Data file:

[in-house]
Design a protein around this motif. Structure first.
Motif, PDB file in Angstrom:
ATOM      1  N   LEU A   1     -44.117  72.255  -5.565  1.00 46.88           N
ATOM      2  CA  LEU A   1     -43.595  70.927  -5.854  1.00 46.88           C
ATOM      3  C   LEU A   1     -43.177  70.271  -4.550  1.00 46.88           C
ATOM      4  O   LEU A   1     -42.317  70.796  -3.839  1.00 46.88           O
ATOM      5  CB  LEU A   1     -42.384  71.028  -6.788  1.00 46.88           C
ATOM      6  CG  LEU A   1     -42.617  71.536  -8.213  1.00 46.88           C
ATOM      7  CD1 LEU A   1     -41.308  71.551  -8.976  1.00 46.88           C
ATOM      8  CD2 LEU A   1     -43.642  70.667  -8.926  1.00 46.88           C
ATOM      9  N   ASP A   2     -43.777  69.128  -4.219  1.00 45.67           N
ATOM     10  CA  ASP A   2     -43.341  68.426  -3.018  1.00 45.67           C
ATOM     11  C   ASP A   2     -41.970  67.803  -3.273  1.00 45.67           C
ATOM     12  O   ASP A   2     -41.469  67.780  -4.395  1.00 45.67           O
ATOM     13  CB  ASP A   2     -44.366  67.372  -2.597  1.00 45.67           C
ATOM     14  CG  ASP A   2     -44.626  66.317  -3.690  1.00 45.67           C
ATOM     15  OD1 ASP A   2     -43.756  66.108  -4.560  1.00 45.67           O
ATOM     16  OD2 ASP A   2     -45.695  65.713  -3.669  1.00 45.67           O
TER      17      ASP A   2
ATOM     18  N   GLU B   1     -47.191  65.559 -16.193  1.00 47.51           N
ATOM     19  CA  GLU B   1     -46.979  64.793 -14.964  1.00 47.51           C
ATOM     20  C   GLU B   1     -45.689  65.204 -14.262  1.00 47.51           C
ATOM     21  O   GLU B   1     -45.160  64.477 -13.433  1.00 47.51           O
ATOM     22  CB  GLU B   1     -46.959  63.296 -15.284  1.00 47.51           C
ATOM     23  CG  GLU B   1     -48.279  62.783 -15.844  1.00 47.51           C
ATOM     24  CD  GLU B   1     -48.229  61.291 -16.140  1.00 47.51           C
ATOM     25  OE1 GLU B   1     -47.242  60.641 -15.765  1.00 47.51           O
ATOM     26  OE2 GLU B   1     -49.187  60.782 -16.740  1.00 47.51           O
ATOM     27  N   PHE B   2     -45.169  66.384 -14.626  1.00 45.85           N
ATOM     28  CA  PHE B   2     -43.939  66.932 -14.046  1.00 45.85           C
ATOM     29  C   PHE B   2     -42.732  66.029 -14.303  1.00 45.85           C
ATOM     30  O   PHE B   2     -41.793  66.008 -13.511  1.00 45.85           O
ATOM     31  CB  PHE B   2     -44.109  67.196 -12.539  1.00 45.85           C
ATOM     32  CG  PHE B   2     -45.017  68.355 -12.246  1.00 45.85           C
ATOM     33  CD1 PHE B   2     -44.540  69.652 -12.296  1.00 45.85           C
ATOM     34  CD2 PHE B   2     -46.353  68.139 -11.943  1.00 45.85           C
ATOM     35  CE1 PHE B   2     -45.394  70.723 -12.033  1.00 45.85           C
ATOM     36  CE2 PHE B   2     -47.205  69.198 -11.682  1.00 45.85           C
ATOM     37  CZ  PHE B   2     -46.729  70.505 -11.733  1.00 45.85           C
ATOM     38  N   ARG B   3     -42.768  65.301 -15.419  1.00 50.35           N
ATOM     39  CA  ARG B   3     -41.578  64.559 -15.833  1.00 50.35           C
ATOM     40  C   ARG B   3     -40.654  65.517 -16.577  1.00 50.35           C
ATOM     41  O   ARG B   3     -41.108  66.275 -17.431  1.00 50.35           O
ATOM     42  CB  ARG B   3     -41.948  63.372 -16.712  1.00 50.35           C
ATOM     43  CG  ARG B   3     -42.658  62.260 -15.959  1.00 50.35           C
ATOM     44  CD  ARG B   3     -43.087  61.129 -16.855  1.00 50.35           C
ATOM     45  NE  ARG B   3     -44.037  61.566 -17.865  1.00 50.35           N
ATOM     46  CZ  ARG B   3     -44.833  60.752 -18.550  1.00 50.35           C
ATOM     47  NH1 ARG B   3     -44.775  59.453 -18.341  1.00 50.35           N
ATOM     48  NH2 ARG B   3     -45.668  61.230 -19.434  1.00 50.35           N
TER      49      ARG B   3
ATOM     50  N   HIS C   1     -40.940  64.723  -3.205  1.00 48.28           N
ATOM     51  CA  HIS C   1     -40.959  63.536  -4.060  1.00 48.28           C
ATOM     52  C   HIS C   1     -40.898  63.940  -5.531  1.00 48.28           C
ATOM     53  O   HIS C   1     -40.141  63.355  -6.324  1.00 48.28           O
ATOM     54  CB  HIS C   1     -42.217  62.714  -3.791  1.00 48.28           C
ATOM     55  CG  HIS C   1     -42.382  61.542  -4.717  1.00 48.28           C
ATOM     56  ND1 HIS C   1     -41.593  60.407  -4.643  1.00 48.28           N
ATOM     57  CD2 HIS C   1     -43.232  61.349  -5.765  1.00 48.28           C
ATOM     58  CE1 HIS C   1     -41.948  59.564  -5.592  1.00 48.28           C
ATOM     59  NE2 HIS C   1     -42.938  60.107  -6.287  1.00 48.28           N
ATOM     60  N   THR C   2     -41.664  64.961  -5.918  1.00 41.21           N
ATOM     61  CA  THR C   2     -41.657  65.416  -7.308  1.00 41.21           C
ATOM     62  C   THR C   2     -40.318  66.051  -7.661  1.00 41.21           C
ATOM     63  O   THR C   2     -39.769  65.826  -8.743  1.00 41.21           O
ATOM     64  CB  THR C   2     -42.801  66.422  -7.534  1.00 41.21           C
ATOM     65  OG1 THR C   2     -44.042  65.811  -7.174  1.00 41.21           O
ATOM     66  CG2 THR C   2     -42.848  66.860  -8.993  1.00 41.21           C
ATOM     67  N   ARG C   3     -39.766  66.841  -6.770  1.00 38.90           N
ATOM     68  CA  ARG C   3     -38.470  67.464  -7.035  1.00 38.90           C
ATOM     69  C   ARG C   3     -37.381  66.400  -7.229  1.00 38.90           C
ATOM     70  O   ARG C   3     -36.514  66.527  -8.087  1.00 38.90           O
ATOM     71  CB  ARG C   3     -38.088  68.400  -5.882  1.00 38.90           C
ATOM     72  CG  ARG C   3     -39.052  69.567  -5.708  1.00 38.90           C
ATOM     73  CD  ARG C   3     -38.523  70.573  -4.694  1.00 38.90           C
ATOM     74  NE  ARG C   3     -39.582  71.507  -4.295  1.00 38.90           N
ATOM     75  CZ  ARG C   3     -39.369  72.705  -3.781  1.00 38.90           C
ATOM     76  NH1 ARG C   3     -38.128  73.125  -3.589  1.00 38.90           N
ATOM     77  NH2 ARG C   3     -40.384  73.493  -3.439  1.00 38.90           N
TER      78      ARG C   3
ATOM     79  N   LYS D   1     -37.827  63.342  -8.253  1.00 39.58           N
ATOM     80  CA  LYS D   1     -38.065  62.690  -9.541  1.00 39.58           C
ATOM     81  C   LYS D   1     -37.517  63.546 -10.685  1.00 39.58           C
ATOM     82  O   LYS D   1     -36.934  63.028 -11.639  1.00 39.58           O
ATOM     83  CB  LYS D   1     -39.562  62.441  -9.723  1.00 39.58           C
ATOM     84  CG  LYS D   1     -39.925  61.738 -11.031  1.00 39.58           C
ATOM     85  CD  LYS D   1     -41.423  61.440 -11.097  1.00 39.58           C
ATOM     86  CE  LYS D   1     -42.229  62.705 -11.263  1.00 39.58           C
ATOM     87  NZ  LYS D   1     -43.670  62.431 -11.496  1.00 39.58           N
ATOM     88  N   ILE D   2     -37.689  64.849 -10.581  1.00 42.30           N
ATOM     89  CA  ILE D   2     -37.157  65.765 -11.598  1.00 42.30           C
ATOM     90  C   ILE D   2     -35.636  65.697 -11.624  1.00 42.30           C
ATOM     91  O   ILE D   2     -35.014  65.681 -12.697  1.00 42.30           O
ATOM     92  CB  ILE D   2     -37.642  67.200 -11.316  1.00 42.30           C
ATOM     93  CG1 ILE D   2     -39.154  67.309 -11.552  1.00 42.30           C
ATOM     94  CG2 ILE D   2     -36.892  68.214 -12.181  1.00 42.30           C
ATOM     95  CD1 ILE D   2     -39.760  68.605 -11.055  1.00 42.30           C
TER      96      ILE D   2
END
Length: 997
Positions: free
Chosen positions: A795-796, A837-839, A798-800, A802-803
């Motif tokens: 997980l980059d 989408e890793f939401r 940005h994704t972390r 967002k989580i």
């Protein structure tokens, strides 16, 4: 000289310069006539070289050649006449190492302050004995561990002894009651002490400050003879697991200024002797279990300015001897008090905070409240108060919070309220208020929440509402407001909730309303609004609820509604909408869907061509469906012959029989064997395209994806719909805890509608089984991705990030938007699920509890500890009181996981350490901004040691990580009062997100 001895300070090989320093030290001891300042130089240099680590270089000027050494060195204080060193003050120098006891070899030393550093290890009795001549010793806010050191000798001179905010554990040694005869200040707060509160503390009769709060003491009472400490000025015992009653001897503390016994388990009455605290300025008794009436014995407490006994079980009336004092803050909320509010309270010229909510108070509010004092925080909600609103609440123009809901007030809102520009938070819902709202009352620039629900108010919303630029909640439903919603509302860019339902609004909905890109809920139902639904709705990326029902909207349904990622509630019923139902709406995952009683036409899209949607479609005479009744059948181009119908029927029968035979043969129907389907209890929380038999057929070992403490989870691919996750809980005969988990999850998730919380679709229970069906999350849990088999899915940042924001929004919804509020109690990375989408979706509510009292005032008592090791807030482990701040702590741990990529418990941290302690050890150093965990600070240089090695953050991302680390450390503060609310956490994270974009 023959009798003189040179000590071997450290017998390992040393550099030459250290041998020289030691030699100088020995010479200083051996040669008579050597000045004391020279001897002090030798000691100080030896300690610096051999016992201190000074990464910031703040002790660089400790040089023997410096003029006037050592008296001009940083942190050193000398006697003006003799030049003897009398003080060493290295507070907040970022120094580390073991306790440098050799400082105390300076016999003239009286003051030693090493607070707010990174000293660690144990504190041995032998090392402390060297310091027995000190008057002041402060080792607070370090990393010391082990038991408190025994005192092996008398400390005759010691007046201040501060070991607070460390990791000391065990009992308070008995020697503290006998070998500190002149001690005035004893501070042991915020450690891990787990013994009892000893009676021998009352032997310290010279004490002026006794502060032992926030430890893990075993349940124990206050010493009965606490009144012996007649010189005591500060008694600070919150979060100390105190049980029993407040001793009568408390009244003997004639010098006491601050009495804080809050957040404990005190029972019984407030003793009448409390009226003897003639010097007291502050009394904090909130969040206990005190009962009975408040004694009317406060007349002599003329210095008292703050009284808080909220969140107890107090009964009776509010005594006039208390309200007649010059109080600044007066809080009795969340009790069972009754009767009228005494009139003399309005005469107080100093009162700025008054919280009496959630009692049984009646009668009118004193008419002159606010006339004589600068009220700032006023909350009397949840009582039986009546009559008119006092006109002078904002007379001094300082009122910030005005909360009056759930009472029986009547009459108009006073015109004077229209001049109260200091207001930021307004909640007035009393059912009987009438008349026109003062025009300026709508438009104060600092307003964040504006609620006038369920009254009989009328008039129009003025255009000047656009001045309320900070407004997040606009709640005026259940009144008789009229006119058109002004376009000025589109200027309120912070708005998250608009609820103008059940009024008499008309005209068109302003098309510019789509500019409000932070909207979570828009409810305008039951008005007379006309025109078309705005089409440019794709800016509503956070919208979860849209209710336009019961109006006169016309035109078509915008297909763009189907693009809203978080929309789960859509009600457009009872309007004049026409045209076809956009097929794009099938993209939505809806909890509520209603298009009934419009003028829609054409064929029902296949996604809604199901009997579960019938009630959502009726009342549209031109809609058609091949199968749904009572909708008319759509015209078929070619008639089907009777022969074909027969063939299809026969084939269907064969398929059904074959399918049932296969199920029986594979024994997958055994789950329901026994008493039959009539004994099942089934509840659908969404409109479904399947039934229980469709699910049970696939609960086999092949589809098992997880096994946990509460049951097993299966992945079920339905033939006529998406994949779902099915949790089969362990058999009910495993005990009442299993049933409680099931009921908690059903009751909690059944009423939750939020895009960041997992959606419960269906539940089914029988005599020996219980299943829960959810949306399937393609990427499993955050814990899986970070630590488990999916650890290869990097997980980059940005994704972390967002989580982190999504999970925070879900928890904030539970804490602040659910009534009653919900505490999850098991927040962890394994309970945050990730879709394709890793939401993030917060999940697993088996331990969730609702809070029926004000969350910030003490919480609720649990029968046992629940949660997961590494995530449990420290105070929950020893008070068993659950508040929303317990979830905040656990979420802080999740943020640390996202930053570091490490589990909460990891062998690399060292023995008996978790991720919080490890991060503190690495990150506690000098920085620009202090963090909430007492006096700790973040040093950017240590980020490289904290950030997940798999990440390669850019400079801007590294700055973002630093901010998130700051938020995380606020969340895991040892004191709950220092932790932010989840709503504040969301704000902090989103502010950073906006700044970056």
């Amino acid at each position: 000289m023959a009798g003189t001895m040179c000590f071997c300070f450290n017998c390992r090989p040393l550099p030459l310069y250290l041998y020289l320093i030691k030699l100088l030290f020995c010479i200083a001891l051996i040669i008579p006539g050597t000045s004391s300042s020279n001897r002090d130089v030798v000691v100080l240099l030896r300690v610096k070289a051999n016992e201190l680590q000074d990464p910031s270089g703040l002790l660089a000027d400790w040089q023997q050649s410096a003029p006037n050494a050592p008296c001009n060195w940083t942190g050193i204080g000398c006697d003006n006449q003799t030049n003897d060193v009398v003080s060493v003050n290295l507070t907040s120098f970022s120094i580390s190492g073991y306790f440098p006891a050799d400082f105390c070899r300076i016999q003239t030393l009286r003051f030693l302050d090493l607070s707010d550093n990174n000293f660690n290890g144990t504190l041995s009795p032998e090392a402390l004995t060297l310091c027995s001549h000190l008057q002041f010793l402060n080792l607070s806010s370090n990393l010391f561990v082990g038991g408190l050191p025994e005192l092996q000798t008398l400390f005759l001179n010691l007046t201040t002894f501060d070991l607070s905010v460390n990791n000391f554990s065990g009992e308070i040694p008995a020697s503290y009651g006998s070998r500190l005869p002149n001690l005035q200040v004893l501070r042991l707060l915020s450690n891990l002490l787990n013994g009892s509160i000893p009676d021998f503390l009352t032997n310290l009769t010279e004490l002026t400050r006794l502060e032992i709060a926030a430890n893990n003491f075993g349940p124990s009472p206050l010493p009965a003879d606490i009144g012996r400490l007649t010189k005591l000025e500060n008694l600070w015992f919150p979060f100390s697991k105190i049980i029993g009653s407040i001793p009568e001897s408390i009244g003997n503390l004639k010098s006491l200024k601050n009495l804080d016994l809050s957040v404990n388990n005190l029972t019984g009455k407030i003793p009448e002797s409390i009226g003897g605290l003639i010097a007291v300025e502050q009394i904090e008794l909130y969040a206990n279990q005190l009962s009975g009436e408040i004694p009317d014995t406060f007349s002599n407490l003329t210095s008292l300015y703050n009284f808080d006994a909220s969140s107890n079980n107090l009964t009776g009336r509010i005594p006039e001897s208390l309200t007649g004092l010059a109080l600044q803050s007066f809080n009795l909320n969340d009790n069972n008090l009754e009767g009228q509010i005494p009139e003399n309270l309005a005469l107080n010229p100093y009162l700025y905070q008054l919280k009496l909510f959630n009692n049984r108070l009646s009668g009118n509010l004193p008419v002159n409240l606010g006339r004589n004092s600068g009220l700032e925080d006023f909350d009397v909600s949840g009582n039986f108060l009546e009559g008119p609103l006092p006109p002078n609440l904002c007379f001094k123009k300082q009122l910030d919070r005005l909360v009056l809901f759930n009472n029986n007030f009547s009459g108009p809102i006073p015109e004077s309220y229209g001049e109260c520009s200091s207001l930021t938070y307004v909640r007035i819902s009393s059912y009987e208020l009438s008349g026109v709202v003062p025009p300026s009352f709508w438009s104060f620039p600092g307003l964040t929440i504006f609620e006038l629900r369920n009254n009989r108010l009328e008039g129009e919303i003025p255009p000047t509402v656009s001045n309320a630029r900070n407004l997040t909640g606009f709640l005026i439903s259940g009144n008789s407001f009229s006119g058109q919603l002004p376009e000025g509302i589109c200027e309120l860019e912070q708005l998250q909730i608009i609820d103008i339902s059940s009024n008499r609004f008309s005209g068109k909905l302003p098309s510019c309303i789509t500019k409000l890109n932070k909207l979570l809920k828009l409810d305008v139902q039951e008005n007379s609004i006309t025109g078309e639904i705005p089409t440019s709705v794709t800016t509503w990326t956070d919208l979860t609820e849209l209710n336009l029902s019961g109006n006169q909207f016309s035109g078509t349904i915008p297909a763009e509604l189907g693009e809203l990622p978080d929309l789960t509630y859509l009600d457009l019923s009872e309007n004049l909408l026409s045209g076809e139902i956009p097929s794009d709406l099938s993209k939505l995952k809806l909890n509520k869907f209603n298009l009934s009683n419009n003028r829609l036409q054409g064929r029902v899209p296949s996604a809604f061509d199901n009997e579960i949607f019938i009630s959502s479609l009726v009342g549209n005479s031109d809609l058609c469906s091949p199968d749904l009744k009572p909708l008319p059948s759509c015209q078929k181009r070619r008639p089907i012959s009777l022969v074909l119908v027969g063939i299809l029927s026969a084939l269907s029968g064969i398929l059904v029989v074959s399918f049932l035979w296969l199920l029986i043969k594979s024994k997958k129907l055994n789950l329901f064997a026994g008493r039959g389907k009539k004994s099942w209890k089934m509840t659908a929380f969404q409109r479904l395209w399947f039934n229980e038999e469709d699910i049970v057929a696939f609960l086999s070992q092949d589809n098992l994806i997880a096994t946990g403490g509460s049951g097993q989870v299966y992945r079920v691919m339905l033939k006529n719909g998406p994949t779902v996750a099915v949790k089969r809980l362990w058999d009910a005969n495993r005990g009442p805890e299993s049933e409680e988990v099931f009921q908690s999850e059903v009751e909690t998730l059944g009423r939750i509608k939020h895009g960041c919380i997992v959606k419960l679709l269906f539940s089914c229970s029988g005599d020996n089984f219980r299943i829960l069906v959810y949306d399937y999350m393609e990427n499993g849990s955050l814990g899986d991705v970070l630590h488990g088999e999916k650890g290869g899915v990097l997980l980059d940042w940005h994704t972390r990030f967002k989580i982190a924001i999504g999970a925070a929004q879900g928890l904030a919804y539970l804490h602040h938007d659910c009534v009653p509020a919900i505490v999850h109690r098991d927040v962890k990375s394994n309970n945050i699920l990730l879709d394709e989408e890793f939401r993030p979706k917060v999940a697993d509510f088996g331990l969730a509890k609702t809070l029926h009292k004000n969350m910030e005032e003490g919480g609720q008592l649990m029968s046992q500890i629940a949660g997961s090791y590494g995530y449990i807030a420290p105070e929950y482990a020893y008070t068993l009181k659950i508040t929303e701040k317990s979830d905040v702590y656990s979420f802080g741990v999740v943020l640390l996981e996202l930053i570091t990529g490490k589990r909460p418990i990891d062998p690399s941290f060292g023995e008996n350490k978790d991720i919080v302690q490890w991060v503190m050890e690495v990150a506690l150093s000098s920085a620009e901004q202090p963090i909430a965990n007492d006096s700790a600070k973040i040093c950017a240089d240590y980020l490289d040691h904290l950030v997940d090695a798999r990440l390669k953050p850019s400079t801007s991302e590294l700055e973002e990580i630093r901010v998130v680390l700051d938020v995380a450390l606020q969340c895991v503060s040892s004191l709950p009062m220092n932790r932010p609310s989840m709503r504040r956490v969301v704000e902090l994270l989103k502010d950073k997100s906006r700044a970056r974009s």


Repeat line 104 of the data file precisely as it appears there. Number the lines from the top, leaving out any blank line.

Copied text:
């Motif tokens: 997980l980059d 989408e890793f939401r 940005h994704t972390r 967002k989580i």